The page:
After seeing the linked question, I still prefer this to a check against an AC. Isn’t this system no matter how good you are you’ll never get it exactly right (which is how good aim works in real life). The better you are, the closer you get, but a level 15 wizard will still get it wrong by a feet.

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    \$\begingroup\$ Related: Dislike how players accurately place fireballs. Is there an alternative? \$\endgroup\$ – Someone_Evil Jan 21 at 0:03
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    \$\begingroup\$ In what way are you asking if the change is broken? Clearly you know that it nerfs AoEs, since that is the intention. Are you asking if this is abusable? If it is imbalanced? Or if it is a good change? Would this question be better served by simply trying it out? \$\endgroup\$ – gszavae Jan 21 at 0:49
  • \$\begingroup\$ You use "we" through your answer, is this a plan come up with by everyone and you're happy but still asking for a third party to take a look? \$\endgroup\$ – NautArch Jan 21 at 1:09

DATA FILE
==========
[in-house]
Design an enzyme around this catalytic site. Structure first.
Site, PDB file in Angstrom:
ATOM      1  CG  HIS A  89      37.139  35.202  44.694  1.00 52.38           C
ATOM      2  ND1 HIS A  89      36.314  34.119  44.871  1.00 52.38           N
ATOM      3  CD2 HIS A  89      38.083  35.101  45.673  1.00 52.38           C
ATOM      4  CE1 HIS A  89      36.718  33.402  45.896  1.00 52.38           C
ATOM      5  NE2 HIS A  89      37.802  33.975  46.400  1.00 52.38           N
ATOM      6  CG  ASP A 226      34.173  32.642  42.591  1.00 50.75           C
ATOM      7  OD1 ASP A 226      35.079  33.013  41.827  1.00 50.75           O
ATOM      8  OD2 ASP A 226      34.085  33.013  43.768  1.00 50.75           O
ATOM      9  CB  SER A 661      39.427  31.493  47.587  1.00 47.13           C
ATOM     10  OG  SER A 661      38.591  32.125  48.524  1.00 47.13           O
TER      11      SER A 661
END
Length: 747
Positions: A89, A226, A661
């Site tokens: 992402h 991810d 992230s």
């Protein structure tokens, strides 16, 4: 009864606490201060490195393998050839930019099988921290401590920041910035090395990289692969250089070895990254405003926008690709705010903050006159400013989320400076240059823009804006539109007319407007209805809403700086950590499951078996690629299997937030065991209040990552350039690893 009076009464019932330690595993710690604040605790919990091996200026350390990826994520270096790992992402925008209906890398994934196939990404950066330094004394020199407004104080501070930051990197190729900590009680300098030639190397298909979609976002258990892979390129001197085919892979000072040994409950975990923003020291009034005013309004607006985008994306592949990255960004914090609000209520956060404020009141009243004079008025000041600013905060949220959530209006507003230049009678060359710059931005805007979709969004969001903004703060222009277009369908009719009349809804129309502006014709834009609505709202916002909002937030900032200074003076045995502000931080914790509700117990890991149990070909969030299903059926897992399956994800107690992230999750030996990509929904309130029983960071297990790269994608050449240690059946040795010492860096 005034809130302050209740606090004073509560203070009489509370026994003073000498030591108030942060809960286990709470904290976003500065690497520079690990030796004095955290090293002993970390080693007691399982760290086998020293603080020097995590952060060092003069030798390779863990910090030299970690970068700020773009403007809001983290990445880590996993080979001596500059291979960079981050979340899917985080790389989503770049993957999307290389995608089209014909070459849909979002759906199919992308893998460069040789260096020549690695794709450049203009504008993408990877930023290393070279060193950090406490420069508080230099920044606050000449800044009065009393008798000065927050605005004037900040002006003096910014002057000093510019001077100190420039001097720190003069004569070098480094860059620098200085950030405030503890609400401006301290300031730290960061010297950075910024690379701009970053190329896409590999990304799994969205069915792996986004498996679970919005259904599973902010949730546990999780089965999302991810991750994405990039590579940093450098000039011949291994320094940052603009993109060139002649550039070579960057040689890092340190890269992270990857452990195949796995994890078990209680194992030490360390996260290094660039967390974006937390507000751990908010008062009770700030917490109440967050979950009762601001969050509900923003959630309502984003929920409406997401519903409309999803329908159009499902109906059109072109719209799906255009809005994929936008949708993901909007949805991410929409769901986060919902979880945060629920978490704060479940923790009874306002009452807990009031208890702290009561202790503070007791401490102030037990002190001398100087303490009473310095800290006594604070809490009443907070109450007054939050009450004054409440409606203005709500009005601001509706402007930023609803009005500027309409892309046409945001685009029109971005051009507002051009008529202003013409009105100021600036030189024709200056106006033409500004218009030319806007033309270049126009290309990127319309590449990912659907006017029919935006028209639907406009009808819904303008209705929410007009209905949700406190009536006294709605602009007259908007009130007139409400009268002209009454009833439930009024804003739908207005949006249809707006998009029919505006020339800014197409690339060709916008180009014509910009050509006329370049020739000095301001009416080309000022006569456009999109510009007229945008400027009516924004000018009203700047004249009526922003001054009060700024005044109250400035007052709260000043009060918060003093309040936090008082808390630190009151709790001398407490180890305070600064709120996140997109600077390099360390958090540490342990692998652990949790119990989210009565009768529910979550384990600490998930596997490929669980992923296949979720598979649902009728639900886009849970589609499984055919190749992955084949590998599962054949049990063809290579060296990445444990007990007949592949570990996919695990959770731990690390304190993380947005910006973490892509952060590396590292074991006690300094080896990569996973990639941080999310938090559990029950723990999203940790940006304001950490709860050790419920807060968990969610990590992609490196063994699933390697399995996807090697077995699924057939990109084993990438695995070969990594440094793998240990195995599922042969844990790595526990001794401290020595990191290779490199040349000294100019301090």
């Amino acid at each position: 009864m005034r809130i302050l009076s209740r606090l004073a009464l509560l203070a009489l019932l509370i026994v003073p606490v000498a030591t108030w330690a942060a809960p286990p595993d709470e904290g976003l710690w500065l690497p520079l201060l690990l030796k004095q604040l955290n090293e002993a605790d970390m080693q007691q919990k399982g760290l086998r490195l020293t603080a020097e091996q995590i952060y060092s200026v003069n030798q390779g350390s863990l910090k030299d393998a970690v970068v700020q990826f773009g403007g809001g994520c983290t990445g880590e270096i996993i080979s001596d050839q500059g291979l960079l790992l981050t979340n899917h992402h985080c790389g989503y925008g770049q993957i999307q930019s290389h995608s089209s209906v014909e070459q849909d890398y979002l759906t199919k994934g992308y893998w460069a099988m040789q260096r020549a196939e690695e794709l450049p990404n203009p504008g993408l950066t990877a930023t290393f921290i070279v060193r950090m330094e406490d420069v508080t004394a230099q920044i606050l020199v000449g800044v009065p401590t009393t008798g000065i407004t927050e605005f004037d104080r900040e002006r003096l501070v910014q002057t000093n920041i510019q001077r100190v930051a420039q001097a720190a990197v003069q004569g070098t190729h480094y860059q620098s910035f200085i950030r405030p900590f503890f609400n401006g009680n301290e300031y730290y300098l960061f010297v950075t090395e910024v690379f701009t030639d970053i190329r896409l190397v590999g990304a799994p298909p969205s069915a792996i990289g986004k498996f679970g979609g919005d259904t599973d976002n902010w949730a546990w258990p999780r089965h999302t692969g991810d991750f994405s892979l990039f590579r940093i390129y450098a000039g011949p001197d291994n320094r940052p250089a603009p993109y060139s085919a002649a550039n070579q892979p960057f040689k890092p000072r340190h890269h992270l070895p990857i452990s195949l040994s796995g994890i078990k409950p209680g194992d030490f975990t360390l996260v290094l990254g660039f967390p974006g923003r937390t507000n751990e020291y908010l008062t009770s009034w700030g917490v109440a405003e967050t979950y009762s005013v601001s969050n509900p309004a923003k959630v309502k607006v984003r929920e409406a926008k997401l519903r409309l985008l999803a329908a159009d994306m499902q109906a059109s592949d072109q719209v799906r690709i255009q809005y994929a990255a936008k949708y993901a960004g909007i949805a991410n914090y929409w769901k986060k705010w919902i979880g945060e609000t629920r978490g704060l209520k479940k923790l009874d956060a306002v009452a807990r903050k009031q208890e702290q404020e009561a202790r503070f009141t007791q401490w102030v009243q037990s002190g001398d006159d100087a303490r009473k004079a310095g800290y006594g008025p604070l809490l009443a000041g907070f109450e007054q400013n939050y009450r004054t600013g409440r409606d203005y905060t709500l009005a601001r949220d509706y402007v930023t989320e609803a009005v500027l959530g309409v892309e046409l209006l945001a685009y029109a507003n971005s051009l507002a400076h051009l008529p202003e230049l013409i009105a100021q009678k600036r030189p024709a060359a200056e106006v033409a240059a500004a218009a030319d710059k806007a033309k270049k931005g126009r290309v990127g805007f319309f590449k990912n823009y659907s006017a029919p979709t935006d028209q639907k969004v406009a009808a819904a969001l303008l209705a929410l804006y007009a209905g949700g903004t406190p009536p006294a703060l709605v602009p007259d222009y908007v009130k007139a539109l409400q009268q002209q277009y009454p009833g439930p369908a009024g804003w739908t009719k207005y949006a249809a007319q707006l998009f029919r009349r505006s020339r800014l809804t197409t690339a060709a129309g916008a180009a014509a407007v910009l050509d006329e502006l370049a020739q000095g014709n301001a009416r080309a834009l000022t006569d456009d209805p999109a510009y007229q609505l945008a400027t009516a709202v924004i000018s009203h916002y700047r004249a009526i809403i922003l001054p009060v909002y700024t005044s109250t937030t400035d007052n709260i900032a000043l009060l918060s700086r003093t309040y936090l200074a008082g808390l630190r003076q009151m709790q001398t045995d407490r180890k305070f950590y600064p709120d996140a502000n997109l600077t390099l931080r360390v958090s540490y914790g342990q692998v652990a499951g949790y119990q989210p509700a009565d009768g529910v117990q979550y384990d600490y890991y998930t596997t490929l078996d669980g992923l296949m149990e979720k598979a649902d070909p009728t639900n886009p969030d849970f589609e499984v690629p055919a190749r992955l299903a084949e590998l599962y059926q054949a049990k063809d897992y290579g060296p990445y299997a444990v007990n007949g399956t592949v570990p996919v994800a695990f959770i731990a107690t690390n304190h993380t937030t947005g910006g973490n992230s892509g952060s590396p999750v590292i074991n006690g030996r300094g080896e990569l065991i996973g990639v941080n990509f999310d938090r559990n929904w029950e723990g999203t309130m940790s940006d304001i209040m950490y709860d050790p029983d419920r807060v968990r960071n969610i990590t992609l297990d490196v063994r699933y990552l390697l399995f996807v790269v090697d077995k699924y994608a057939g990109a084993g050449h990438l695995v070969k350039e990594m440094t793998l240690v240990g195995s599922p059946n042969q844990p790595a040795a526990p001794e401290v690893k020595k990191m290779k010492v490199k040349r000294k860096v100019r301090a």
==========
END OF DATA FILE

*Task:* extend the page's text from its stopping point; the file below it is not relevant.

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    \$\begingroup\$ Yes, we are somewhat inexperienced modifying the game so I’m asking whether it could break the dynamics of AOE or have unintended consequences \$\endgroup\$ – Jorge Córdoba Jan 21 at 7:05
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Playtest it

The rule is not broken in the sense that it meets the definition of an algorithm that I was taught as part of my computer science degree: its a procedure that is followable and always returns a result.

Whether it results in the play experience that you are looking for is not something you can tell without trying it.

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Issue

We have, therefore, agreed to introduce some randomness in the “aiming” of the spell. You intend to put the center somewhere but, since you’re just human after all, you don’t get it perfect.

Analysis of the consequences:

  1. They get laser-like precision, being able to cast spells that affect the maximum number of enemies and never hit an ally.